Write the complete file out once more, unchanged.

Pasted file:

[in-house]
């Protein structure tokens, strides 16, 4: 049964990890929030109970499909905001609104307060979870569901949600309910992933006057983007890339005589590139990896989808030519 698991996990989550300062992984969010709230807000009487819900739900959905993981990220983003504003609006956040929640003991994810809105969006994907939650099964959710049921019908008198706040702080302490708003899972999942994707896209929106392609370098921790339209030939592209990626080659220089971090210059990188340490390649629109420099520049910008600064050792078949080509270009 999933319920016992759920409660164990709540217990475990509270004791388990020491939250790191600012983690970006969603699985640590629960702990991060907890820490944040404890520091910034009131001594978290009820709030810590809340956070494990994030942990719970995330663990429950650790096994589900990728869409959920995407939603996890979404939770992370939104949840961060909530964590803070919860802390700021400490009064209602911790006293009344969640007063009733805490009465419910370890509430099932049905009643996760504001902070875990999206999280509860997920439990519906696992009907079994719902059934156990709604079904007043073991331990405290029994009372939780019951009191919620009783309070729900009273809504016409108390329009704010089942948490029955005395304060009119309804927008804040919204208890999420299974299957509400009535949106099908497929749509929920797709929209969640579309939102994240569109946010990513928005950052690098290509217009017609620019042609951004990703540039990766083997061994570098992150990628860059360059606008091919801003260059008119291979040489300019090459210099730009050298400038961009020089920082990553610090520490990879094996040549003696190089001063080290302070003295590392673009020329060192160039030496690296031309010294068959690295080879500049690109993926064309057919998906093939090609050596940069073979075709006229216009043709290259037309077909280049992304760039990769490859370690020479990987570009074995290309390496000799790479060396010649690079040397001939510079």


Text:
[in-house]
């Protein structure tokens, strides 16, 4: 049964990890929030109970499909905001609104307060979870569901949600309910992933006057983007890339005589590139990896989808030519 698991996990989550300062992984969010709230807000009487819900739900959905993981990220983003504003609006956040929640003991994810809105969006994907939650099964959710049921019908008198706040702080302490708003899972999942994707896209929106392609370098921790339209030939592209990626080659220089971090210059990188340490390649629109420099520049910008600064050792078949080509270009 999933319920016992759920409660164990709540217990475990509270004791388990020491939250790191600012983690970006969603699985640590629960702990991060907890820490944040404890520091910034009131001594978290009820709030810590809340956070494990994030942990719970995330663990429950650790096994589900990728869409959920995407939603996890979404939770992370939104949840961060909530964590803070919860802390700021400490009064209602911790006293009344969640007063009733805490009465419910370890509430099932049905009643996760504001902070875990999206999280509860997920439990519906696992009907079994719902059934156990709604079904007043073991331990405290029994009372939780019951009191919620009783309070729900009273809504016409108390329009704010089942948490029955005395304060009119309804927008804040919204208890999420299974299957509400009535949106099908497929749509929920797709929209969640579309939102994240569109946010990513928005950052690098290509217009017609620019042609951004990703540039990766083997061994570098992150990628860059360059606008091919801003260059008119291979040489300019090459210099730009050298400038961009020089920082990553610090520490990879094996040549003696190089001063080290302070003295590392673009020329060192160039030496690296031309010294068959690295080879500049690109993926064309057919998906093939090609050596940069073979075709006229216009043709290259037309077909280049992304760039990769490859370690020479990987570009074995290309390496000799790479060396010649690079040397001939510079």